A General History of Voyages and Travels to the End of the 18th Century, Volume 11

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J. Ballantyne & Company, 1814
 

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Page 63 - Netherlands, with the exclusive privilege to traffic and plant colonies on the coast of Africa from the Tropic of Cancer to the Cape of Good Hope ; on the coast of America, from the straits of Magellan to the remotest north.
Page 300 - ... have at that time raised in them, can judge of the emotion with which we eyed a large cascade of the most transparent water, which poured itself from a rock near a hundred feet high into the sea, at a small distance from the ship. Even those amongst the diseased who were not in the very last stages of the distemper, though they had been long confined to their hammocks, exerted the small remains of strength that were left them, and crawled up to the deck to feast themselves with this reviving...
Page 447 - Commodore ; who, on hearing this happy and unexpected news, threw down his axe with which he was then at work, and by his joy broke through for the first time the equable and unvaried character which he had hitherto preserved. The others who were with him instantly ran down to the seaside in a kind of frenzy, eager to feast themselves with a sight they had so ardently wished for, and of which they had now for a considerable time despaired.
Page 486 - ... into the Centurion. The last of these operations was too important to be postponed ; for as the navigation to Canton was through seas but little known, and where, from the season of the year, much bad weather might be expected, it was of great consequence that the treasure should be sent on board the Centurion, which ship, by the presence of the...
Page 220 - Wager too joined in opinion with the commodore, that invalids were no ways proper for this service, and solicited strenuously to have them exchanged: but he was told that persons who were supposed to be better judges of soldiers than he or Mr. Anson, thought them the properest men that could be employed on this occasion.
Page 487 - ... were strangely metamorphosed by the heat of the hold ; for when they were first taken, they were sightly robust fellows ; but when, after above a month's imprisonment, they were discharged in the river of Canton, they were reduced to mere skeletons $ and their air and looks corresponded much more to the conception formed of ghosts and spectres, than to the figure and appearance of real men.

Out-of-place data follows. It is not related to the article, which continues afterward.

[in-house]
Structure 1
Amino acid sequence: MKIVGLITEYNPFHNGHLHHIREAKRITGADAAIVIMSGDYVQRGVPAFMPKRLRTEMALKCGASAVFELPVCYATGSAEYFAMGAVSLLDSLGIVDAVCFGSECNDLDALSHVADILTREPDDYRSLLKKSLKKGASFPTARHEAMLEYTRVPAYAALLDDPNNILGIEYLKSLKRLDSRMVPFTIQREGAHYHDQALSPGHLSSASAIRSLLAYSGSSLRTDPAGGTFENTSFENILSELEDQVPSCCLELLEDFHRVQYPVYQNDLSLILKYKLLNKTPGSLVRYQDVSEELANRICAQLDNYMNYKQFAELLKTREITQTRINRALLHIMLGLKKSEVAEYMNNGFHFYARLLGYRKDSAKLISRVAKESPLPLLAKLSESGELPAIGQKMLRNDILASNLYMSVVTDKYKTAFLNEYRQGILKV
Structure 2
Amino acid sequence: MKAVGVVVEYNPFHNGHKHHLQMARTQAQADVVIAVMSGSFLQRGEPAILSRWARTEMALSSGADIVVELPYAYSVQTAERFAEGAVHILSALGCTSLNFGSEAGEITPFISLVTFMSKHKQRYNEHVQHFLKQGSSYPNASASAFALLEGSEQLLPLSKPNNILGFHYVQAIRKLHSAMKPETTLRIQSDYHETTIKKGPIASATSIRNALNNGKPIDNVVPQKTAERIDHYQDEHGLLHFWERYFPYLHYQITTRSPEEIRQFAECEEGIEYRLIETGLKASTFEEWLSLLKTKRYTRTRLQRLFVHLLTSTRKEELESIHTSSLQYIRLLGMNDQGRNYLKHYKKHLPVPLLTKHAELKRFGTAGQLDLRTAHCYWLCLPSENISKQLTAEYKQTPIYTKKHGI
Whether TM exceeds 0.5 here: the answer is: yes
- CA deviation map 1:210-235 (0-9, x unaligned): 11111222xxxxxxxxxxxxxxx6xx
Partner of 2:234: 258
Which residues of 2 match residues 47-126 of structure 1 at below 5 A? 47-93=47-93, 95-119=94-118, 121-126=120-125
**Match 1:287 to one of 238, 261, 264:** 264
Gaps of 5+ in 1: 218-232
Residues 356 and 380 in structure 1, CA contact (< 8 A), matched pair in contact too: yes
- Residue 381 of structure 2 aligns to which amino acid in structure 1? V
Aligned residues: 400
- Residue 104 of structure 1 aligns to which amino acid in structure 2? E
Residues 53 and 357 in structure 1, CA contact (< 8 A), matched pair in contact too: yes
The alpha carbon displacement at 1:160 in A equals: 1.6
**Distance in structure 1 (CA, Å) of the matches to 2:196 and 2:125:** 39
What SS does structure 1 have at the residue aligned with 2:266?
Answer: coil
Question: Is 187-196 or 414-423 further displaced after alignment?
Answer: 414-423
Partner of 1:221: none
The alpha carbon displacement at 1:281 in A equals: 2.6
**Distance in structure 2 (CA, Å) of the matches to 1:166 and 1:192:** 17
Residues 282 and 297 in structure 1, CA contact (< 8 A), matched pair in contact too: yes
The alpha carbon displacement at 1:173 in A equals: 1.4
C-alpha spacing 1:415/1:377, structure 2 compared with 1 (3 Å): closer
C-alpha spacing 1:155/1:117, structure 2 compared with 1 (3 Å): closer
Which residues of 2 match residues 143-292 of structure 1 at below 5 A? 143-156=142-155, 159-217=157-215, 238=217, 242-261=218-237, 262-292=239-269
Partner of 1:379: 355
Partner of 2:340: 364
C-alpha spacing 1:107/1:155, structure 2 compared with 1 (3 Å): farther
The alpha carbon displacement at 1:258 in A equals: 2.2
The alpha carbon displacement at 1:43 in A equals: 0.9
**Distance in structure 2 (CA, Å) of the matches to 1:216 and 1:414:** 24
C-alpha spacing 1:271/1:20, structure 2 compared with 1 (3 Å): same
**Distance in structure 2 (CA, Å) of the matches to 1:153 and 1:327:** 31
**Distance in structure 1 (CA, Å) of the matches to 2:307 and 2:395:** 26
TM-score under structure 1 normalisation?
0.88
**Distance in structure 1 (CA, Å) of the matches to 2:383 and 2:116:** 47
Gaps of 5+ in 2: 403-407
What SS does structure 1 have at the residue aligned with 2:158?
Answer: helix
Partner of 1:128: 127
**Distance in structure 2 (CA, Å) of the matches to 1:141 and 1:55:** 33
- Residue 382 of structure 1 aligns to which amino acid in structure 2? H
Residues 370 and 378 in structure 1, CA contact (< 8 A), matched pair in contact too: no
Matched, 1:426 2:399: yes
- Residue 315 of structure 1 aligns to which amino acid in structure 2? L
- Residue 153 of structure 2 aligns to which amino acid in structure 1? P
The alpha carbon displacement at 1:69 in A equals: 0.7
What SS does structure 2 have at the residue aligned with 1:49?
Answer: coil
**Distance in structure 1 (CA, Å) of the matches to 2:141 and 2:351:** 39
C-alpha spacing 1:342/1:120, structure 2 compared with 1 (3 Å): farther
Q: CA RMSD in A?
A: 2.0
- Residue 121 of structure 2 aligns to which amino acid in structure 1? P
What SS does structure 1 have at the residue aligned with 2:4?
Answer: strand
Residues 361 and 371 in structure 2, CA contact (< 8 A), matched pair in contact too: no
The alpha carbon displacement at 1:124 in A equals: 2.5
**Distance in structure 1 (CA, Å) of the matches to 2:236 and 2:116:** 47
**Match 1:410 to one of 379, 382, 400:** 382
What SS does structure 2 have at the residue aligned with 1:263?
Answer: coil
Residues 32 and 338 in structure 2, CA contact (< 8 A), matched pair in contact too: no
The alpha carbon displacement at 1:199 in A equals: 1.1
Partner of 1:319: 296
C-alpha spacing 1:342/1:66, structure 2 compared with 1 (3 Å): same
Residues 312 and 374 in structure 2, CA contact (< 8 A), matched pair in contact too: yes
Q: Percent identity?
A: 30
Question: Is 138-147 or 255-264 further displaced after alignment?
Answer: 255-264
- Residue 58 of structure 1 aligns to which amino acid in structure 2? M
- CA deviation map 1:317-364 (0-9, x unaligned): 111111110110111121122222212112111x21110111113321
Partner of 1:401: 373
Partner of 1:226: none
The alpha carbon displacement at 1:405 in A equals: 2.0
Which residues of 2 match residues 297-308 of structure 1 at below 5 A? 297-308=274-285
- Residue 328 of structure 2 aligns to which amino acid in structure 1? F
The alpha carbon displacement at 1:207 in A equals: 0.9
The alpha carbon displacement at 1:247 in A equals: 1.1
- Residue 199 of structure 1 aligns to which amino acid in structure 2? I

Page 315 - Island but as we soon lost sight of her, and she did not appear for near a week, we were prodigiously concerned, knowing that she must be again in extreme distress for want of water. After great impatience about her, we...
Page 315 - ... had it not been for the last supply sent by our long-boat, both the healthy and diseased must have all perished together for want of water. And these calamities were the more terrifying, as they appeared to be without remedy : for the Gloucester had already spent a month in her endeavours to fetch the bay, and she was now no farther advanced than at the first moment she made the island...
Page 368 - ... the treasure then in the town, and who, with a few others had ranged themselves in a gallery that ran round the governor's house, yet that post was immediately abandoned upon the first fire made by our people, who were thereby left in quiet possession of the parade. ' On this success lieutenant Brett divided his men into two parties, ordering one of them to surround the governor's house, and if possible to secure the governor, whilst he himself with the other marched to the fort, with an intent...
Page 300 - The aspect of this country, thus diversified, would at all times have been extremely delightful ; but in our distressed situation, languishing as we were for the land and its vegetable productions (an inclination constantly attending every stage of the sea-scurvy), it is scarcely credible with what eagerness and transport we viewed the shore...

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